And in that administration, the one person—I think he was there by accident, because he had been Hillary Clinton’s professor, and he knew Bill Clinton, and he’s a brilliant man. Robert Reich was the one consistent voice in the Clinton administration who was against what was called welfare reform, which ended the federal poverty program. That’s why we have a situation now where we have 46 million Americans, 22 percent of children, living below the poverty line, and we have no federal, national program that was called welfare reform. We have another group of about 45 million Americans who the New York Times today labeled as “almost poor,” meaning they couldn’t survive in any major city. And by the way, recent studies have shown that this impovertization of America has now expanded more rapidly into the suburban community than the urban community. So this is very widespread; poverty is now as American as apple pie. It’s the norm.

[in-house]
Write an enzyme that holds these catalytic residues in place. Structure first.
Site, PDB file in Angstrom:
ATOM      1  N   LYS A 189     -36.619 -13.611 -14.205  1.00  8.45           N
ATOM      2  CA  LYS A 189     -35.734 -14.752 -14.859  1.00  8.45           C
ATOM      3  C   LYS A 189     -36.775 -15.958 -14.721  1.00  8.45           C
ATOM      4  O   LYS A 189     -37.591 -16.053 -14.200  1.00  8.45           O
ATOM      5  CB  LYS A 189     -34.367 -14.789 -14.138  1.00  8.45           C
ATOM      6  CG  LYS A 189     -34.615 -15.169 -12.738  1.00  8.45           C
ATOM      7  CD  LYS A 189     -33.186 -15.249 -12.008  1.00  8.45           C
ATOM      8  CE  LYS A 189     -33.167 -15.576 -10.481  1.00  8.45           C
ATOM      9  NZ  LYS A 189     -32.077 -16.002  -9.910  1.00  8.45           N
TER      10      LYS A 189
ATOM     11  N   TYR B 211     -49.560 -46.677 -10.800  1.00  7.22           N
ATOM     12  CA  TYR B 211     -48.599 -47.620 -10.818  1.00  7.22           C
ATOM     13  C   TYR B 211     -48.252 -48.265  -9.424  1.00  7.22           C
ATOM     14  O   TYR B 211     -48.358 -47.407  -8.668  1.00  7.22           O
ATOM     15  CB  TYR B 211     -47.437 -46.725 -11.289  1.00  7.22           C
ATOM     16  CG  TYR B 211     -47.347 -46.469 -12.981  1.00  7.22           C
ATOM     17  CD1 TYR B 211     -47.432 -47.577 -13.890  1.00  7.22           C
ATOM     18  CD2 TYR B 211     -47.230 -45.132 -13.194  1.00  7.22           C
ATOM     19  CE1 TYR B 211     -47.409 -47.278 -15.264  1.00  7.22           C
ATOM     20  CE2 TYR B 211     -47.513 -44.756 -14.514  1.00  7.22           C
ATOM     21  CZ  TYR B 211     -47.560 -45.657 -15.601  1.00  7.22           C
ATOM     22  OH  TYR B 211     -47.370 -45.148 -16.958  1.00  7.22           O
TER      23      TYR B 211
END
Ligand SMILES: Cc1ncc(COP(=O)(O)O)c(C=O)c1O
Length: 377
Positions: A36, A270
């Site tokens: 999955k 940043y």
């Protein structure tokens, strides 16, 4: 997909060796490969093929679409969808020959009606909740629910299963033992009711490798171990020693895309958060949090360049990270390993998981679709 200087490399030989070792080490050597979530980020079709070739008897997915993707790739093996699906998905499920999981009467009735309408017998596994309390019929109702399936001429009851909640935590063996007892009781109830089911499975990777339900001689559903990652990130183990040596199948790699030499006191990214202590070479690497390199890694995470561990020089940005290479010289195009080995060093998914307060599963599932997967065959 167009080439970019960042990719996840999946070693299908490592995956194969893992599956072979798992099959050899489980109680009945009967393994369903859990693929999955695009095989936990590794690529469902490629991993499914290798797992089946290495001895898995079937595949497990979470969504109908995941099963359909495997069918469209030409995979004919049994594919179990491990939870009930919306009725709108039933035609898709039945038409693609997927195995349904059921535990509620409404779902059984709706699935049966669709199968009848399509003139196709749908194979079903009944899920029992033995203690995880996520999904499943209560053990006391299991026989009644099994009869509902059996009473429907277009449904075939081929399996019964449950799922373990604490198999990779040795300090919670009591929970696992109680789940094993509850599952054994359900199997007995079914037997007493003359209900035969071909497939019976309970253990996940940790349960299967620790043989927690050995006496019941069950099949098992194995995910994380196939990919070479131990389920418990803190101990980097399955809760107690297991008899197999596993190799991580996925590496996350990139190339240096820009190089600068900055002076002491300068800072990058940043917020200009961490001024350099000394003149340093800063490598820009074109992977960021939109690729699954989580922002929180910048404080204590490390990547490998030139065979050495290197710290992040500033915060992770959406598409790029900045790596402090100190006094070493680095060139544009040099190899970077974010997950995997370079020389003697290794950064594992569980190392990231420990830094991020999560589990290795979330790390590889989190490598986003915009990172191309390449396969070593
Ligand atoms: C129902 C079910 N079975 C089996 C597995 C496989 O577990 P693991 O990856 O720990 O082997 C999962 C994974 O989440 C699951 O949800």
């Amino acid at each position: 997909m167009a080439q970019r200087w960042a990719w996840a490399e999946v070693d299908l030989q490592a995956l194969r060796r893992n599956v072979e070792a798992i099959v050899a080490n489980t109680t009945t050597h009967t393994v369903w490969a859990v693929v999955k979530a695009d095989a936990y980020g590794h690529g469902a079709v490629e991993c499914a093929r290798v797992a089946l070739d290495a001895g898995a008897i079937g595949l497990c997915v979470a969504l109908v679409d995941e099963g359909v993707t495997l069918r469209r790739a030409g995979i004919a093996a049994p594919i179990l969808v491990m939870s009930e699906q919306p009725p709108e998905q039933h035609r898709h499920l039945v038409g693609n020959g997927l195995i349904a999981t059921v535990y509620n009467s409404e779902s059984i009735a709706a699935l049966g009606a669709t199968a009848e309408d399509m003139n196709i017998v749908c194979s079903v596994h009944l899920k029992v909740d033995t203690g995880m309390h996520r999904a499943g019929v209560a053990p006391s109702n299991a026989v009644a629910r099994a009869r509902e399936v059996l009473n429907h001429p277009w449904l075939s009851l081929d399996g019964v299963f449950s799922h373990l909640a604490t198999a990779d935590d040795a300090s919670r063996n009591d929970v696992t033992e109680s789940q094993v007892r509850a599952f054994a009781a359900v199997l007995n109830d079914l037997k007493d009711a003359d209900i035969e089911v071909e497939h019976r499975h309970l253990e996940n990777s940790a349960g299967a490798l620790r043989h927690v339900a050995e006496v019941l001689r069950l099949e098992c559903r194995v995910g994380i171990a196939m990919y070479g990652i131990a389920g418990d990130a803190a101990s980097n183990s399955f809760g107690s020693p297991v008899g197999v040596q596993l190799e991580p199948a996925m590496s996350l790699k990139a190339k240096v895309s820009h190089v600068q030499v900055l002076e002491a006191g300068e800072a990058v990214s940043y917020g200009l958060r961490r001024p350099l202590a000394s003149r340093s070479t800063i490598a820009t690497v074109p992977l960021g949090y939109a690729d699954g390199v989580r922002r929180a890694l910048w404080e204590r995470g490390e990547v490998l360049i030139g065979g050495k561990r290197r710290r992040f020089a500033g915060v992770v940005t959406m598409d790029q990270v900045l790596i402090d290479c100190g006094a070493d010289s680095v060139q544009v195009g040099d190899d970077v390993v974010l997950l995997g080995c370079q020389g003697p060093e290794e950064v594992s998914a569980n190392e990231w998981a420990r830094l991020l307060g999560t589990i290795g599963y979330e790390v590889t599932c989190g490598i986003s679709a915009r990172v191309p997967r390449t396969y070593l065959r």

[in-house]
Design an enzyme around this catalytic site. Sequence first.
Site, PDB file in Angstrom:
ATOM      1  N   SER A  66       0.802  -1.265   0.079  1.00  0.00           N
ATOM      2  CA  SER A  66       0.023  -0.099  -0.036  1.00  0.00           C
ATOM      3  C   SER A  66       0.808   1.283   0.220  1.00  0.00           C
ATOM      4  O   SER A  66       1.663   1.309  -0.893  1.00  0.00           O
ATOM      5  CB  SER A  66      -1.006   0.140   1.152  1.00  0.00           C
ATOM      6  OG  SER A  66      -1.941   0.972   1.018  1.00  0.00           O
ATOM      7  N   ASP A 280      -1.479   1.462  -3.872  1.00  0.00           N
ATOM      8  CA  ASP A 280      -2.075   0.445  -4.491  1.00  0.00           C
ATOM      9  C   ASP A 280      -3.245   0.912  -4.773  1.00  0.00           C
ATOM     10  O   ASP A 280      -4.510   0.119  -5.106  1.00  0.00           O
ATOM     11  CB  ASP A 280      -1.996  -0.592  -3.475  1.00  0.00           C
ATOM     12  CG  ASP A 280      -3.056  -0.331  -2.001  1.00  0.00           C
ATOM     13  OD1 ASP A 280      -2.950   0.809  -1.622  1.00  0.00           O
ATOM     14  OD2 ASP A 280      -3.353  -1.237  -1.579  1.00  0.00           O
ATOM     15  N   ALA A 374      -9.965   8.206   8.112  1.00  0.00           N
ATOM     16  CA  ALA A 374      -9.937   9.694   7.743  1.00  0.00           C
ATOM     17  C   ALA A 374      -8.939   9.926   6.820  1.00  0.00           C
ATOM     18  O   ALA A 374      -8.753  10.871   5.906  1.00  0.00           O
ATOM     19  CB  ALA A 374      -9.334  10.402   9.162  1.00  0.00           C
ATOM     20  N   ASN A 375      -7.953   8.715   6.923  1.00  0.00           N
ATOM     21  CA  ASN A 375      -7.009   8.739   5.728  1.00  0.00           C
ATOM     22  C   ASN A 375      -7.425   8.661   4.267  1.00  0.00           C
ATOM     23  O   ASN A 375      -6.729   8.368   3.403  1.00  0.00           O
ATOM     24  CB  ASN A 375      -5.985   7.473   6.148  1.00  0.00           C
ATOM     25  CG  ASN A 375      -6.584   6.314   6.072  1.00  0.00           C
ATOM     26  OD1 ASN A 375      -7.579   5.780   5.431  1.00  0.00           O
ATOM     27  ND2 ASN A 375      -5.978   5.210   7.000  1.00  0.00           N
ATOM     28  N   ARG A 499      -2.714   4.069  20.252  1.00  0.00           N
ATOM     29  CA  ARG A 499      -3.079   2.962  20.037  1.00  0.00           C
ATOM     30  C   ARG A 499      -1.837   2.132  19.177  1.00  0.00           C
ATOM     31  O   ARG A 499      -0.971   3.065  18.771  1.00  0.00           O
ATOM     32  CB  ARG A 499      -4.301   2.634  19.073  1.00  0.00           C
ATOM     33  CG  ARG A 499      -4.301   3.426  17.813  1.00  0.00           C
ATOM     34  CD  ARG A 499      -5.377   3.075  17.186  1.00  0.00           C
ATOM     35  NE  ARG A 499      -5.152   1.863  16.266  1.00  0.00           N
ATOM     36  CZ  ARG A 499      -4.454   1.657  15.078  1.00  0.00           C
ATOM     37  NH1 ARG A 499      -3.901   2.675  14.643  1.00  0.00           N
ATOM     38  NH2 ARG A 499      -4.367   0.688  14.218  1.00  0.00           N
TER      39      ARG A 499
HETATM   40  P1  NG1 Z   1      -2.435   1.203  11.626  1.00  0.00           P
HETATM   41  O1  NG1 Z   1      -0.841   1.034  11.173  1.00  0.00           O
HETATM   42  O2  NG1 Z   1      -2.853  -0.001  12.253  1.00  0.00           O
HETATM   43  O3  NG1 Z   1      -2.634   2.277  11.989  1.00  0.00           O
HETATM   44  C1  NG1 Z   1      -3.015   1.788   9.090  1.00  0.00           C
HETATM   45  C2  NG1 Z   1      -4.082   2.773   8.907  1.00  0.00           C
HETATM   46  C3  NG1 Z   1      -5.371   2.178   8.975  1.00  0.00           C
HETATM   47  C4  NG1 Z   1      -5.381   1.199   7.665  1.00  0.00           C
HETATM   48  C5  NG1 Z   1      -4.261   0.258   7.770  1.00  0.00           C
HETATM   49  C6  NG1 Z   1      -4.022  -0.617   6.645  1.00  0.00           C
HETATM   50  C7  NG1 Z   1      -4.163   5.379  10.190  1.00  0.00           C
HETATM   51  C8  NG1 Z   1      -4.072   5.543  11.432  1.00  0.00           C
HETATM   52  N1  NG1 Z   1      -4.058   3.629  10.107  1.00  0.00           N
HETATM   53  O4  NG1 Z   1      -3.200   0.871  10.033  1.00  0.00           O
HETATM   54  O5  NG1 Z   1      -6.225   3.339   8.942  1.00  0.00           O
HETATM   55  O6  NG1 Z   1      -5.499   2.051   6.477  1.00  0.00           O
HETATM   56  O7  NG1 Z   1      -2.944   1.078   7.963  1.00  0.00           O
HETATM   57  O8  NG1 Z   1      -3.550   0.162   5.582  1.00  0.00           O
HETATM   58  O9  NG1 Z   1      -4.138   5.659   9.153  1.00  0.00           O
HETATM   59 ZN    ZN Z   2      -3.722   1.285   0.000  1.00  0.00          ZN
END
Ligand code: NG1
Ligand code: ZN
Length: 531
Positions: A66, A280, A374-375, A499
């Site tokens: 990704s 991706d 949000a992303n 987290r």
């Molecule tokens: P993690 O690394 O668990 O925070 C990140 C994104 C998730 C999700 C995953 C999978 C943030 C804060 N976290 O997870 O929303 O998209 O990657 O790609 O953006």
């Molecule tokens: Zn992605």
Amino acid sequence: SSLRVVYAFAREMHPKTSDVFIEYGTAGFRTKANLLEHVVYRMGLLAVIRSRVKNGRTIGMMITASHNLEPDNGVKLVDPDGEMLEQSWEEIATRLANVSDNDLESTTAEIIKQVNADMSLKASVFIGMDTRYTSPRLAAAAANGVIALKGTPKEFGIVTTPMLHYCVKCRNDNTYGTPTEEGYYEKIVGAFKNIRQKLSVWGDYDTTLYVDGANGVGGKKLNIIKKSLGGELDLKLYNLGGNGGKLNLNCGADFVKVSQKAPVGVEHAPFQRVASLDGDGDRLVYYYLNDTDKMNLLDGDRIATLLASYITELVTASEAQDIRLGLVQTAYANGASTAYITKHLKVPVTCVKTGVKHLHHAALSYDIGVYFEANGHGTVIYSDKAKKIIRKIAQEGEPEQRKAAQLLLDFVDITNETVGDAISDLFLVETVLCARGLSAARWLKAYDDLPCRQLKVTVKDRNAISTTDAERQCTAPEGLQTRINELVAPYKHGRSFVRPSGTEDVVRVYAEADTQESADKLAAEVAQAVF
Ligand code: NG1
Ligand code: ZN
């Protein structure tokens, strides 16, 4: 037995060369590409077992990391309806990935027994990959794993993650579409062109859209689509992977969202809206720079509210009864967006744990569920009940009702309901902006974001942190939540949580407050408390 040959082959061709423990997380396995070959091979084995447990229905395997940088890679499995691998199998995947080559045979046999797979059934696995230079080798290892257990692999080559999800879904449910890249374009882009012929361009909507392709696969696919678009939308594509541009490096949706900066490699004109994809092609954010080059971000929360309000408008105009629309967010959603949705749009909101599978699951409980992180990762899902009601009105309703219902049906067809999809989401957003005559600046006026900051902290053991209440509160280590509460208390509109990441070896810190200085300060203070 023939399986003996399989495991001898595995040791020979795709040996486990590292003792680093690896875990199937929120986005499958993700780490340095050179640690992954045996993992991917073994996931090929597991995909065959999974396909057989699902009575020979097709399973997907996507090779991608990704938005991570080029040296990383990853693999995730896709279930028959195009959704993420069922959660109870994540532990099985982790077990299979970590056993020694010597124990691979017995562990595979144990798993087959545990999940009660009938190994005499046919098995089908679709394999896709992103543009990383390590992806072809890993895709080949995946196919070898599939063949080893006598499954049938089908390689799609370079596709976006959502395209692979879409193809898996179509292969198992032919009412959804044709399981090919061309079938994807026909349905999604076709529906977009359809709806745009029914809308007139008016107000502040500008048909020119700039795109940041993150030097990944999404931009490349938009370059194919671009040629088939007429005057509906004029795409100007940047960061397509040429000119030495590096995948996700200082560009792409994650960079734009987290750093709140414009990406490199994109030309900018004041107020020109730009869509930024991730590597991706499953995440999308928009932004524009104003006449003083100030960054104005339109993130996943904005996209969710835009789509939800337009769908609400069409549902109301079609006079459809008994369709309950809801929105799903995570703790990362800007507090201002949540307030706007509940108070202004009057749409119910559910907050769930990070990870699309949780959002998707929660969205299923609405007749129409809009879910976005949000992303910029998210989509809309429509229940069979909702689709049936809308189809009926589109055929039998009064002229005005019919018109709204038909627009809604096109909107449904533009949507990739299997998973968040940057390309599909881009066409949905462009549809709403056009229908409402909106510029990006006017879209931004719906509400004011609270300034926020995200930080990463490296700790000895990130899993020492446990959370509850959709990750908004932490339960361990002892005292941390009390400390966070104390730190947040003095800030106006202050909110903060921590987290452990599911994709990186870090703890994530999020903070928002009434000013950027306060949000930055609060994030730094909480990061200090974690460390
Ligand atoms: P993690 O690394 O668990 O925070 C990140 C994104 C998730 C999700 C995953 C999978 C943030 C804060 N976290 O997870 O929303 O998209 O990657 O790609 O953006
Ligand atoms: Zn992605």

And in that administration—I’ve written a book about this, and I’ve written lots of columns; some of you have read them—the one name that consistently came out was that little guy that was here before, Robert Reich. [Applause] And I remember when I was writing my book—I’m going to take a little time, since I was supposed to take 15 minutes, and then I won’t speak later, it’s OK. I’m getting wound up. [Applause] When I was writing my book, I was interviewing lots of different people. And let me just say, I used to work over there at the Los Angeles Times, and there’s still some good people there. But I remember when I was covering financial deregulation, the mass media in America not only was indifferent to the dire consequences of reversing the New Deal of Franklin Delano Roosevelt; the mass media was a cheerleading component … because they wanted the Telecommunications Act that would allow them to control television and print in the same market. They were cheerleaders for deregulation. And this fantasy that Wall Street lobbyists had been pursuing ever since the ink dried on those sensible rules of the road, imposed during the Depression by Franklin Delano Roosevelt—those sensible rules of the road to save capitalism from itself, to put some limits on greed—the lobbyists had been trying to get those things changed, but for six decades they couldn’t do it. And they couldn’t even do it when Ronald Reagan was president. Reagan certainly had the fantasy. He certainly talked the game, but he also had the savings and loan crisis. And because of the savings and loan crisis, at the end of Reagan’s administration he actually had to, under tremendous pressure, tighten regulations rather than loosen them.